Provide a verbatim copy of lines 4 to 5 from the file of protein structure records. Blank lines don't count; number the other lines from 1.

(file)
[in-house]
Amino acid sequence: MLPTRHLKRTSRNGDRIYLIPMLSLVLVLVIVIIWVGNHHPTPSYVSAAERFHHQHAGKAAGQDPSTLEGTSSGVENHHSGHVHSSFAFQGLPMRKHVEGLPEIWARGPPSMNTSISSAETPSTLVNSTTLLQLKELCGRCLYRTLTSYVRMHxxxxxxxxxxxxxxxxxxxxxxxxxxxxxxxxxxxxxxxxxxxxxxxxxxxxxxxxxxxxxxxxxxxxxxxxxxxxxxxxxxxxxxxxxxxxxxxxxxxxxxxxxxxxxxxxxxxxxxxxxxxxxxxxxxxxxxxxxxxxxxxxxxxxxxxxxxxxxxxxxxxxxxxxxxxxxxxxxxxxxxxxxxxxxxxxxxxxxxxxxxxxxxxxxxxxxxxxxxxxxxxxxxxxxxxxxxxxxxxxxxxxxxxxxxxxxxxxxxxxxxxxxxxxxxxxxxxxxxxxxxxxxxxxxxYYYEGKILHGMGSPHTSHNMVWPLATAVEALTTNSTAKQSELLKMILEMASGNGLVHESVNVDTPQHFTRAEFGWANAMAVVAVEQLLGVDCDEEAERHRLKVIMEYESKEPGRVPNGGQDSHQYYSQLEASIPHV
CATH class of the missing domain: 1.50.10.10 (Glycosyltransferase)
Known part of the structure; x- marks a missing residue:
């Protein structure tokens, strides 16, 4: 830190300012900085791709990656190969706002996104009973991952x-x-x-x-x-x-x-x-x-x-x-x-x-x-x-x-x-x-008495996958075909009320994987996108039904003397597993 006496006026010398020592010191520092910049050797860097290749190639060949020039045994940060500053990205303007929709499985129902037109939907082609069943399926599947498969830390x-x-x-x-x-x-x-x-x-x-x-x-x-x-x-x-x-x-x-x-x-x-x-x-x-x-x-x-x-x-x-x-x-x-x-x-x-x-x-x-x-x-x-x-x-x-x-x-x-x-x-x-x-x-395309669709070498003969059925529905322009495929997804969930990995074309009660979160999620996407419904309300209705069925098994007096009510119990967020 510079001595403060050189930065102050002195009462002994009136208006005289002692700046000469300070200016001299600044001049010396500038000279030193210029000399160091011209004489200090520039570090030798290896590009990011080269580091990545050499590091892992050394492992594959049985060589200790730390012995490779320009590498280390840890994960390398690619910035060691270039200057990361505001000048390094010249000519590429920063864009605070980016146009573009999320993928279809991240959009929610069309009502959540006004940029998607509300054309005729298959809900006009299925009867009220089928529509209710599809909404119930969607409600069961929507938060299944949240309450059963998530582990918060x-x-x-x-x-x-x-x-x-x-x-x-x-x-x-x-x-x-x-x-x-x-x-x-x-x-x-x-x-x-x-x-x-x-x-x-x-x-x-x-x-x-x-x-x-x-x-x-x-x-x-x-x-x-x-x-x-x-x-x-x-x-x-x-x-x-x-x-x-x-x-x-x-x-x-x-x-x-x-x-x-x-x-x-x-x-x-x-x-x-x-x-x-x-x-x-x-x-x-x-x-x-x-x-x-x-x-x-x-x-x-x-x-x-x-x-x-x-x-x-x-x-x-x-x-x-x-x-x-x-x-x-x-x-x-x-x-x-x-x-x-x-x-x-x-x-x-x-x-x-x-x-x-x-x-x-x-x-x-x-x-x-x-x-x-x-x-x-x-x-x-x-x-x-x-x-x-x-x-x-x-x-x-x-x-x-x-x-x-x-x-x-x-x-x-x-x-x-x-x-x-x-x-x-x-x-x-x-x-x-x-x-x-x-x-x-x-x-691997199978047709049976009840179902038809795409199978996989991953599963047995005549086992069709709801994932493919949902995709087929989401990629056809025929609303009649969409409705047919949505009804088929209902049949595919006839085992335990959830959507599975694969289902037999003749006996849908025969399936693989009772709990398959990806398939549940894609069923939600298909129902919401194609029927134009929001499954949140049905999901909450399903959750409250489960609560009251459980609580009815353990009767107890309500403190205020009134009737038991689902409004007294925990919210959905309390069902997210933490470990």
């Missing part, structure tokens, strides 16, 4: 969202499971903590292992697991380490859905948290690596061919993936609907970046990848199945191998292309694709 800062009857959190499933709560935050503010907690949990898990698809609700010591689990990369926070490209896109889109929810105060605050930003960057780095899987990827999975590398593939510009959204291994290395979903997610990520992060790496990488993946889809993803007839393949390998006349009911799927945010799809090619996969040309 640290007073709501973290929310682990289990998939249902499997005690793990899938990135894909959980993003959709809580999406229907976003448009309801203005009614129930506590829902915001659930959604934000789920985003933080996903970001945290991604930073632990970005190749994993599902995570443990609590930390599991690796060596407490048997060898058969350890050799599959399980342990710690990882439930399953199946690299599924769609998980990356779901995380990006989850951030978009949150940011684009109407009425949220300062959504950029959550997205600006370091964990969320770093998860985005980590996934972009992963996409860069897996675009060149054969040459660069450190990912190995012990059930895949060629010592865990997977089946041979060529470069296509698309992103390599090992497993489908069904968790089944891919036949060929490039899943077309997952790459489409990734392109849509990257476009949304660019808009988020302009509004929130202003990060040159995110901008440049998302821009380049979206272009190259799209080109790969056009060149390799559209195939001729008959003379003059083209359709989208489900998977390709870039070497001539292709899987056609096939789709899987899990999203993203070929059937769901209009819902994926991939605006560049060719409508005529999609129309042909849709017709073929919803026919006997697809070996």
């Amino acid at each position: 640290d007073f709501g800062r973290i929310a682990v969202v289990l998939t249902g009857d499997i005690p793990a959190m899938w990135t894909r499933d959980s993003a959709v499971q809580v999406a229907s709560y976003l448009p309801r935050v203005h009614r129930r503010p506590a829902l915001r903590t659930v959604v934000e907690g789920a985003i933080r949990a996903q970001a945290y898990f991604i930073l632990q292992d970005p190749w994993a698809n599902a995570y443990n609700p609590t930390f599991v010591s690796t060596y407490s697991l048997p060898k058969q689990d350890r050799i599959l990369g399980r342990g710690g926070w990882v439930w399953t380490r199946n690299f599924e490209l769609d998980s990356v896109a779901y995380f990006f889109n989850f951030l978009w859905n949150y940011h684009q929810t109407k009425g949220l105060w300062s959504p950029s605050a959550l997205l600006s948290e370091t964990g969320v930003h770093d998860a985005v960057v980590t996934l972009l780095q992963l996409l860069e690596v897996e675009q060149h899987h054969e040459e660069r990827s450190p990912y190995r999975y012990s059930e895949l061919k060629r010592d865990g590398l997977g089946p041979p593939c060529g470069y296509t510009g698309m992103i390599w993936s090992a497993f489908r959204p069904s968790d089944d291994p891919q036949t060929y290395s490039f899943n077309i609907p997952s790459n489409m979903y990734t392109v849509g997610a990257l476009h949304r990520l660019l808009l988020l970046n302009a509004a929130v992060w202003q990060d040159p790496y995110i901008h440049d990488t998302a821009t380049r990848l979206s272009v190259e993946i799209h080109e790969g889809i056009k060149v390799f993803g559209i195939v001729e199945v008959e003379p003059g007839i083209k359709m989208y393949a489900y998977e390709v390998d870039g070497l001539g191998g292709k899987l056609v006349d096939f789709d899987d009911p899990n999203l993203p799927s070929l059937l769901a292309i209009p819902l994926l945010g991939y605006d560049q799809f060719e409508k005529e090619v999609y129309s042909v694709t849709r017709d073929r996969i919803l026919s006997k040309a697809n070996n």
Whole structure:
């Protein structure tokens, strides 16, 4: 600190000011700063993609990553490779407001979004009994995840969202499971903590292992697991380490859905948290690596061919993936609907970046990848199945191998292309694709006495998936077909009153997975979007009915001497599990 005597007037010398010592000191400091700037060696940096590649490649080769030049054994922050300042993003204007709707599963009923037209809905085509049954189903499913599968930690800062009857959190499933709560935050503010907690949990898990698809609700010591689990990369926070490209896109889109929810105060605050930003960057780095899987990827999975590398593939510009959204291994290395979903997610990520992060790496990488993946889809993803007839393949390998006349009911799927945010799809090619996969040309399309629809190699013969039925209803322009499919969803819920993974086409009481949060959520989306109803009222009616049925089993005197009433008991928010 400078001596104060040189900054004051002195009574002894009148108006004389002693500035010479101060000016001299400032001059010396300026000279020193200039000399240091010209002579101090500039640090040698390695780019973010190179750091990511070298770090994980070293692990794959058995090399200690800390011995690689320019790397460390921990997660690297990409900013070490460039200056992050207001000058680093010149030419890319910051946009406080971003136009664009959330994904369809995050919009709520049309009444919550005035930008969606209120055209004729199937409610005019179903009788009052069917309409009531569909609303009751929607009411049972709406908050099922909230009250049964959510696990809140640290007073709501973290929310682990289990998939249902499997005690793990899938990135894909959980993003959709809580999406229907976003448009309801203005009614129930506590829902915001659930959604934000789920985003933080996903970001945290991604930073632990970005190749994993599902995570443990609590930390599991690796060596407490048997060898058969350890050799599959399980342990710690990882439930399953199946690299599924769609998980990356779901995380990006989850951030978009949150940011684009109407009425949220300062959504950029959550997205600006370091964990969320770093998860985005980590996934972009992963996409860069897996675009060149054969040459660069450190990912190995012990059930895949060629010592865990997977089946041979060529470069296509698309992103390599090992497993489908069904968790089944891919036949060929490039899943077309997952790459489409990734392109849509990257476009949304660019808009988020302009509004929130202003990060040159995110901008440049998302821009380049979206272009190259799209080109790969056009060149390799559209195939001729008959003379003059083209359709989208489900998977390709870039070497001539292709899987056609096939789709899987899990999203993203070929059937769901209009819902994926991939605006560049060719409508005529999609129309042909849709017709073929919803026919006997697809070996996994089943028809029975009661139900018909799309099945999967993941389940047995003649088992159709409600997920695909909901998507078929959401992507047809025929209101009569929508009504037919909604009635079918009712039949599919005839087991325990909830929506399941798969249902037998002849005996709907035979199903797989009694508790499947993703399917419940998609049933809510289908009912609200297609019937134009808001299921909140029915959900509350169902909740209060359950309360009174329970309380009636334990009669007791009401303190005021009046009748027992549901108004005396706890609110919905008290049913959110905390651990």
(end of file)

Known part of the structure; x- marks a missing residue:
């Protein structure tokens, strides 16, 4: 830190300012900085791709990656190969706002996104009973991952x-x-x-x-x-x-x-x-x-x-x-x-x-x-x-x-x-x-008495996958075909009320994987996108039904003397597993 006496006026010398020592010191520092910049050797860097290749190639060949020039045994940060500053990205303007929709499985129902037109939907082609069943399926599947498969830390x-x-x-x-x-x-x-x-x-x-x-x-x-x-x-x-x-x-x-x-x-x-x-x-x-x-x-x-x-x-x-x-x-x-x-x-x-x-x-x-x-x-x-x-x-x-x-x-x-x-x-x-x-x-395309669709070498003969059925529905322009495929997804969930990995074309009660979160999620996407419904309300209705069925098994007096009510119990967020 510079001595403060050189930065102050002195009462002994009136208006005289002692700046000469300070200016001299600044001049010396500038000279030193210029000399160091011209004489200090520039570090030798290896590009990011080269580091990545050499590091892992050394492992594959049985060589200790730390012995490779320009590498280390840890994960390398690619910035060691270039200057990361505001000048390094010249000519590429920063864009605070980016146009573009999320993928279809991240959009929610069309009502959540006004940029998607509300054309005729298959809900006009299925009867009220089928529509209710599809909404119930969607409600069961929507938060299944949240309450059963998530582990918060x-x-x-x-x-x-x-x-x-x-x-x-x-x-x-x-x-x-x-x-x-x-x-x-x-x-x-x-x-x-x-x-x-x-x-x-x-x-x-x-x-x-x-x-x-x-x-x-x-x-x-x-x-x-x-x-x-x-x-x-x-x-x-x-x-x-x-x-x-x-x-x-x-x-x-x-x-x-x-x-x-x-x-x-x-x-x-x-x-x-x-x-x-x-x-x-x-x-x-x-x-x-x-x-x-x-x-x-x-x-x-x-x-x-x-x-x-x-x-x-x-x-x-x-x-x-x-x-x-x-x-x-x-x-x-x-x-x-x-x-x-x-x-x-x-x-x-x-x-x-x-x-x-x-x-x-x-x-x-x-x-x-x-x-x-x-x-x-x-x-x-x-x-x-x-x-x-x-x-x-x-x-x-x-x-x-x-x-x-x-x-x-x-x-x-x-x-x-x-x-x-x-x-x-x-x-x-x-x-x-x-x-x-x-x-x-x-x-691997199978047709049976009840179902038809795409199978996989991953599963047995005549086992069709709801994932493919949902995709087929989401990629056809025929609303009649969409409705047919949505009804088929209902049949595919006839085992335990959830959507599975694969289902037999003749006996849908025969399936693989009772709990398959990806398939549940894609069923939600298909129902919401194609029927134009929001499954949140049905999901909450399903959750409250489960609560009251459980609580009815353990009767107890309500403190205020009134009737038991689902409004007294925990919210959905309390069902997210933490470990």